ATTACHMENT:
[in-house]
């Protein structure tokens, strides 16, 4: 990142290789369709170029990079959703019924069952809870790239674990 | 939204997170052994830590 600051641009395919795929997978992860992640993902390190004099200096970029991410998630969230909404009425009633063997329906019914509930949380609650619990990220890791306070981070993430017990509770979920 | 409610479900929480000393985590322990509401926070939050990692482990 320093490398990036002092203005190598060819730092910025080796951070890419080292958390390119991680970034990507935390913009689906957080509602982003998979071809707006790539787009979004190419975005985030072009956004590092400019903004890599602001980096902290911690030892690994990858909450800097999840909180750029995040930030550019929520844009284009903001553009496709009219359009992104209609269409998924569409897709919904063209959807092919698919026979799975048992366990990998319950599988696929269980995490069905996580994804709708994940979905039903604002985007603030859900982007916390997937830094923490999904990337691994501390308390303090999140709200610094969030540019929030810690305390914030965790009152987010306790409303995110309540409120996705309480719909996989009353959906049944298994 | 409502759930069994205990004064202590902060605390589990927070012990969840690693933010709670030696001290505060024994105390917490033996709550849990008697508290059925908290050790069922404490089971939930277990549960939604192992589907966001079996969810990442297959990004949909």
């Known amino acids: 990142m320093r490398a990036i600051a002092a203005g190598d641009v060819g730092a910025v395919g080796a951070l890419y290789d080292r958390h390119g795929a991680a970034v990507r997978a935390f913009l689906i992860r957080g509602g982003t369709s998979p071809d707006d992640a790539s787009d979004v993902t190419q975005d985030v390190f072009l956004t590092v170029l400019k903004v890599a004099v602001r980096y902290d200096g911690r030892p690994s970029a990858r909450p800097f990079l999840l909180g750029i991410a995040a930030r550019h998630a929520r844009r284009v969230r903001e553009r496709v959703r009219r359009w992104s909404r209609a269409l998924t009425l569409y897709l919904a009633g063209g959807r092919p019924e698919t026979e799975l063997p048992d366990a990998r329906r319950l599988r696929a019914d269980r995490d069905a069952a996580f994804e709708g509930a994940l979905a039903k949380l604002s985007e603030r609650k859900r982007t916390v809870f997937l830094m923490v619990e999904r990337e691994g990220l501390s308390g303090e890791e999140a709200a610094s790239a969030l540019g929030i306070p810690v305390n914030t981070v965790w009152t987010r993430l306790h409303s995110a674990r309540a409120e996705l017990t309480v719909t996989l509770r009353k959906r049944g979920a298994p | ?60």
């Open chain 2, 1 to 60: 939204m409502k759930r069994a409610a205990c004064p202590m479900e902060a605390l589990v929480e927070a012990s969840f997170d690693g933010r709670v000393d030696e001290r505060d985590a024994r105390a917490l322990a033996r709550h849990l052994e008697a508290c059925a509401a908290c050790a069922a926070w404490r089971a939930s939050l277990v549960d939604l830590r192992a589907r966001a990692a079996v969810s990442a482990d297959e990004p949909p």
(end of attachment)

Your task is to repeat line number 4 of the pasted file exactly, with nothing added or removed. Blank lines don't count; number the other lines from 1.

């Open chain 2, 1 to 60: 939204m409502k759930r069994a409610a205990c004064p202590m479900e902060a605390l589990v929480e927070a012990s969840f997170d690693g933010r709670v000393d030696e001290r505060d985590a024994r105390a917490l322990a033996r709550h849990l052994e008697a508290c059925a509401a908290c050790a069922a926070w404490r089971a939930s939050l277990v549960d939604l830590r192992a589907r966001a990692a079996v969810s990442a482990d297959e990004p949909p």